Letter: Run-off is preferable to ranked choice voting

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Ranked choice voting is an interesting concept that, on balance, may have a fatal flaw: its basic premise assumes all voters have fully vetted each candidate and then placed them into priority; I’m not sure that will pass the straight-face test.

In addition, RCV allows flooding the candidate list with those of similar political leanings in order to focus disparagement on a singular popular candidate, rather than forcing all eligible candidates to concentrate on each other; thus, with multitudes of candidates, political issues and positions, neither the candidate nor the voter has a chance to make a viable selection. Vote selection becomes confusing and indiscriminate.

If we must change, I would rather have a run-off requiring a successful candidate receive over 50 percent of the votes cast. At least then the voters would understand the candidate goes into office, truly, with majority backing.

Stephen Gorden

  • John E. Palmer

    That Maine would use ranked choice in both the primary and the general election will ensure that the number of candidates to rank is manageable. Mr. Gorden’s theory that a flood of candidates will run makes no sense, and has not happened in other locations that use ranked choice. Separately, manual runoffs have dramatically lower turnout, are costly, and disenfranchise absentee voters.

    Mr. Gordon, with his “if we must change” qualifier, telegraphs that he is a status quo supporter. Really? Is the status quo working for enough Mainers?

    It’s time to move beyond a system that saddles us with just two choices.

  • Chew H Bird

    If we do approve ranked choice voting based upon the mythical 50% approval, we also need to make sure that a 50% approval is actually a majority of the population, otherwise it is simply a misrepresentation of the word “majority”.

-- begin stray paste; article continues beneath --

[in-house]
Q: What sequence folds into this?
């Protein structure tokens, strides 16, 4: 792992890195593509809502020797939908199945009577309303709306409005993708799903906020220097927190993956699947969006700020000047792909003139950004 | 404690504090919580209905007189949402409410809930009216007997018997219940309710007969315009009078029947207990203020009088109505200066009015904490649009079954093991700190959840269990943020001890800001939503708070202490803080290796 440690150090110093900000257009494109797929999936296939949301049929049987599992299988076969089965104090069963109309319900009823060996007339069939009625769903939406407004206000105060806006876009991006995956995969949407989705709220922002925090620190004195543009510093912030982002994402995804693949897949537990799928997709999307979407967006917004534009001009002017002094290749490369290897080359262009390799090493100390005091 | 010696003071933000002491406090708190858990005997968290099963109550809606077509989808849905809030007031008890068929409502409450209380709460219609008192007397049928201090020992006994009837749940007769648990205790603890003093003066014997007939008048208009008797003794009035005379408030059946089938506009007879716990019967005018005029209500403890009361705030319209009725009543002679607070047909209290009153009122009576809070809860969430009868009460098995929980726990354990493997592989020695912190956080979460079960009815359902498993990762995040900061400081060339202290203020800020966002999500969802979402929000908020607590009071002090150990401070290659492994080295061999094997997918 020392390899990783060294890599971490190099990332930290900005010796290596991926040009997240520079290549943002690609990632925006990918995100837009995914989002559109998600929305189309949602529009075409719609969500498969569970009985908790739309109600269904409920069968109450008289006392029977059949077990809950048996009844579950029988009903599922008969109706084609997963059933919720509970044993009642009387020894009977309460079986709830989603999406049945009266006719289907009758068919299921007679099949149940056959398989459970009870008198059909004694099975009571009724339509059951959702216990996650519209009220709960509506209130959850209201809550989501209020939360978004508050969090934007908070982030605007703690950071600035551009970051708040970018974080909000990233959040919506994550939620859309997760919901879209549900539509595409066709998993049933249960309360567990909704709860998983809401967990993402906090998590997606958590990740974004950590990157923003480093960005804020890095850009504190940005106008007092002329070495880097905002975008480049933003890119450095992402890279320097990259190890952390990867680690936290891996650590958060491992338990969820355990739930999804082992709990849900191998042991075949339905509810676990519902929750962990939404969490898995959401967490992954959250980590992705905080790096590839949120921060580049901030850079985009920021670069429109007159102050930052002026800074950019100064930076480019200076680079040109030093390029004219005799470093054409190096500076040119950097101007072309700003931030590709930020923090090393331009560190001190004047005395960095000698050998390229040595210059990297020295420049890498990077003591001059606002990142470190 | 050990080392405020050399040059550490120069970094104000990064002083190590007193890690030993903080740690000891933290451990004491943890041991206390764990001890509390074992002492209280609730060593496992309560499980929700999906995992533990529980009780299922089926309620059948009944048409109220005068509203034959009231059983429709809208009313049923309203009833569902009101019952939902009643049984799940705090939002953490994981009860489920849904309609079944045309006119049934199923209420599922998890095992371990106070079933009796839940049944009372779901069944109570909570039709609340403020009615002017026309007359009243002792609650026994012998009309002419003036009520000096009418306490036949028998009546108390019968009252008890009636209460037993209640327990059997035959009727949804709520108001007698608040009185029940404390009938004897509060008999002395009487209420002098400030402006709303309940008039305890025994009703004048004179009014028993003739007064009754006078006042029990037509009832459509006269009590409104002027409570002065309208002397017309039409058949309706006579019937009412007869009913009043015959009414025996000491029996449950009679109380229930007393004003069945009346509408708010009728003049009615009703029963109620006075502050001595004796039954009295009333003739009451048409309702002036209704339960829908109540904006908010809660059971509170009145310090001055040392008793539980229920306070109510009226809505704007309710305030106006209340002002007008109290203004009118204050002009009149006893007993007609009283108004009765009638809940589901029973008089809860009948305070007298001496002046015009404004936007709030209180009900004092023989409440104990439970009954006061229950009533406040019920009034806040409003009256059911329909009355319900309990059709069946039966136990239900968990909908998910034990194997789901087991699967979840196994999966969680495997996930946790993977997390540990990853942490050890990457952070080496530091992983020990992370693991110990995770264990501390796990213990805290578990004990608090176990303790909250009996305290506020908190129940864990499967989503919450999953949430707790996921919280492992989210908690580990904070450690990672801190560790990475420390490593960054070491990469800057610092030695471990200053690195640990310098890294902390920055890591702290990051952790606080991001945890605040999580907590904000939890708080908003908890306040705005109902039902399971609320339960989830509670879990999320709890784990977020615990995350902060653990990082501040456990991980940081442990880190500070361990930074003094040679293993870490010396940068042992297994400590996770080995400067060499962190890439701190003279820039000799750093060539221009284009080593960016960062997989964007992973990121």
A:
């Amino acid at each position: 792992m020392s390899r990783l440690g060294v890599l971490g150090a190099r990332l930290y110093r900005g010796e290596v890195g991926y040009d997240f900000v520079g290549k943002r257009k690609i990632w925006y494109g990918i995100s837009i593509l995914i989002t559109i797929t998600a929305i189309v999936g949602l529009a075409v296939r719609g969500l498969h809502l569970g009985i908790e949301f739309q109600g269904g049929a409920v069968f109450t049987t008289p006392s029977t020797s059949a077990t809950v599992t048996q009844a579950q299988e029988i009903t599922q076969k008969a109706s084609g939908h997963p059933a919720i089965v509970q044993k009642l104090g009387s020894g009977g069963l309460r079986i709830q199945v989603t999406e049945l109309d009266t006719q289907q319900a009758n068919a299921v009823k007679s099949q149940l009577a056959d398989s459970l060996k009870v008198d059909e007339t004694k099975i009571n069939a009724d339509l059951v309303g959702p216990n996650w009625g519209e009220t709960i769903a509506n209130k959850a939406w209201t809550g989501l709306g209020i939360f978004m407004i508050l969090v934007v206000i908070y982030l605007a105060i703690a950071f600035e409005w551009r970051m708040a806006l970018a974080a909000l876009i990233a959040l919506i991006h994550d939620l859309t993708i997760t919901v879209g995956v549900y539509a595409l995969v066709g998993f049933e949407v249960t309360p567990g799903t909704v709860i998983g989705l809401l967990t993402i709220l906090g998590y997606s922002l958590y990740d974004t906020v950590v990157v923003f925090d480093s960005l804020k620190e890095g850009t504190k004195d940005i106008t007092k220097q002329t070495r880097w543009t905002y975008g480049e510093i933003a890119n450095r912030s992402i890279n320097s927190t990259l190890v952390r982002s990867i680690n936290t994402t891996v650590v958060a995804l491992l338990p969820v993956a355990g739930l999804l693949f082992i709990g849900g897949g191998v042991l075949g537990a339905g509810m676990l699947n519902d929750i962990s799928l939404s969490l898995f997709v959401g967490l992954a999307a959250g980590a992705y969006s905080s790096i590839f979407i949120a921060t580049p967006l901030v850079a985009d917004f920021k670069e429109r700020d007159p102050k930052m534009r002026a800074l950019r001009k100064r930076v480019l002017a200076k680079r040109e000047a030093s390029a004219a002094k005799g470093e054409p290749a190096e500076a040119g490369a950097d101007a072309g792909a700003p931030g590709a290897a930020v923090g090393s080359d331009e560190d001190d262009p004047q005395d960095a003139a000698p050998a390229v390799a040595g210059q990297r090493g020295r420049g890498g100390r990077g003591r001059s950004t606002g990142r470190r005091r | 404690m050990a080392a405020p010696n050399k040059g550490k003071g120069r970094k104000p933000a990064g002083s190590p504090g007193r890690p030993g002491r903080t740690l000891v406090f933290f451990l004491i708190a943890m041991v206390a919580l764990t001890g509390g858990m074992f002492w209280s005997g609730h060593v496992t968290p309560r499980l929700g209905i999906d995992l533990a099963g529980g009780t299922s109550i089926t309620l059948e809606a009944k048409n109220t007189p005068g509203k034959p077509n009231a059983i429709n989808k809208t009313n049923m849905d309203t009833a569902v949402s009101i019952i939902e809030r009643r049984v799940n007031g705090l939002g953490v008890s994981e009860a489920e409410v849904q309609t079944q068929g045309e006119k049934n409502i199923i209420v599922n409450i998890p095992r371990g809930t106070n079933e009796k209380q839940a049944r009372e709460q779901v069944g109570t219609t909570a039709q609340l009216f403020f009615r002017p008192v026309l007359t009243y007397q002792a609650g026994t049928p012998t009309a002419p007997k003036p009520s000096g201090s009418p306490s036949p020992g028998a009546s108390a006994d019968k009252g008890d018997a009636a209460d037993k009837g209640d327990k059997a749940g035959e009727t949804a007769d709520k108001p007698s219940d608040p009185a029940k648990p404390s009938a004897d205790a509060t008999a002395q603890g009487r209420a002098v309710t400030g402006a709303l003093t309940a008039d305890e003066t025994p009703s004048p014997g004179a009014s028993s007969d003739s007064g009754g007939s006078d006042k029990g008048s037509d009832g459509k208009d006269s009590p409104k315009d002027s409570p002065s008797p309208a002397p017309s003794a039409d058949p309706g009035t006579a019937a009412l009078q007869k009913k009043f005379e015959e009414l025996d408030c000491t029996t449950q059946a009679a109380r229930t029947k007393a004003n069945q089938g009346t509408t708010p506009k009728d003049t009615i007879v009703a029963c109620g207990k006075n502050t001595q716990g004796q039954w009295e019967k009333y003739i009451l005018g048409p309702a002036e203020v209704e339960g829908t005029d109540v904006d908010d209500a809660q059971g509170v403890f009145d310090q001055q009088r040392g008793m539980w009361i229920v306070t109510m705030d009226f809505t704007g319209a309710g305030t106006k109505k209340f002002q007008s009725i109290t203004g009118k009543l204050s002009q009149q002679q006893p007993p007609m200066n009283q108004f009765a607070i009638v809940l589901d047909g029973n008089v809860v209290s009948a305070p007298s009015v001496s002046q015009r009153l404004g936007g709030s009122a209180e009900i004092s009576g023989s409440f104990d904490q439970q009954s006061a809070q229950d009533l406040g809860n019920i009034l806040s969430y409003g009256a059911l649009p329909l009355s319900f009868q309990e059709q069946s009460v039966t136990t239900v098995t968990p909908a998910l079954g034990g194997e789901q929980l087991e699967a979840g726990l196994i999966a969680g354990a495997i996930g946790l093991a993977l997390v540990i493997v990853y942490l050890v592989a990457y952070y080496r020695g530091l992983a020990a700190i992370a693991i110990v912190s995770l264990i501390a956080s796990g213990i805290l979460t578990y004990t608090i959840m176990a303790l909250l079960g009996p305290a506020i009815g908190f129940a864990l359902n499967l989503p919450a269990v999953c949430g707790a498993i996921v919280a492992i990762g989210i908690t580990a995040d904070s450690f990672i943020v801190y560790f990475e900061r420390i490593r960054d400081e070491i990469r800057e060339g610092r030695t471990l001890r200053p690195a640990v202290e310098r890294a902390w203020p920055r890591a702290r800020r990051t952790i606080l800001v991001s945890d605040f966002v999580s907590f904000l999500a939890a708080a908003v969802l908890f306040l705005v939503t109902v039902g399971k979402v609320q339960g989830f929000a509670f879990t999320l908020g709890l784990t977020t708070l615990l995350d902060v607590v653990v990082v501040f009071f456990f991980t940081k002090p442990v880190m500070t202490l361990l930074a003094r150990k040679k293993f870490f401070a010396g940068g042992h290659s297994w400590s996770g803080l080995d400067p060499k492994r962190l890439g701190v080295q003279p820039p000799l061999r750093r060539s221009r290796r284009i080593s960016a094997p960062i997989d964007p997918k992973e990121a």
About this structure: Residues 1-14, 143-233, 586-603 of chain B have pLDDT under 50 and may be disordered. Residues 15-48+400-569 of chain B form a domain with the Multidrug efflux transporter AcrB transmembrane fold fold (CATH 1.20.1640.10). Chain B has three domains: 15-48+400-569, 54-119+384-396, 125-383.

• wakeup_call

    Rank choice voting is nothing more than a veiled attempt at ballot stacking of candidates of similar political beliefs hiding behind third fourth or fifth party labels.
    As most people are aware by now Democrats and Independents are one and the same in terms of political beliefs and now the libertarians are slowly being co-opted by the Democrat party.
    So under the ranked choice voting scheme, in a four way race of of R,D,I,L you may believe you have many different choices however your really only have two.
    The first would be the Republican candidate and the second would be the Democrat candidates disguised and distributed behind different political packaging.
    This is a political strategy to ensure a better chance of placing Democrat candidates in power for now and the foreseeable future.

  • Heather Sirocki

    Gov. Jerry Brown, former Mayor of Oakland, has first hand experience with ranked- choice voting. Gov. Brown vetoed RCV in California last week- stating it is “overly complicated and confusing” and “deprives voters of genuinely informed choice.” If the goal is to be “liked the most” and receive as any 2nd place votes as possible, politicians may avoid their positions on tough issues making it more difficult for voters to compare candidates. https://www.gov.ca.gov/docs/SB_1288_Veto_Message.pdf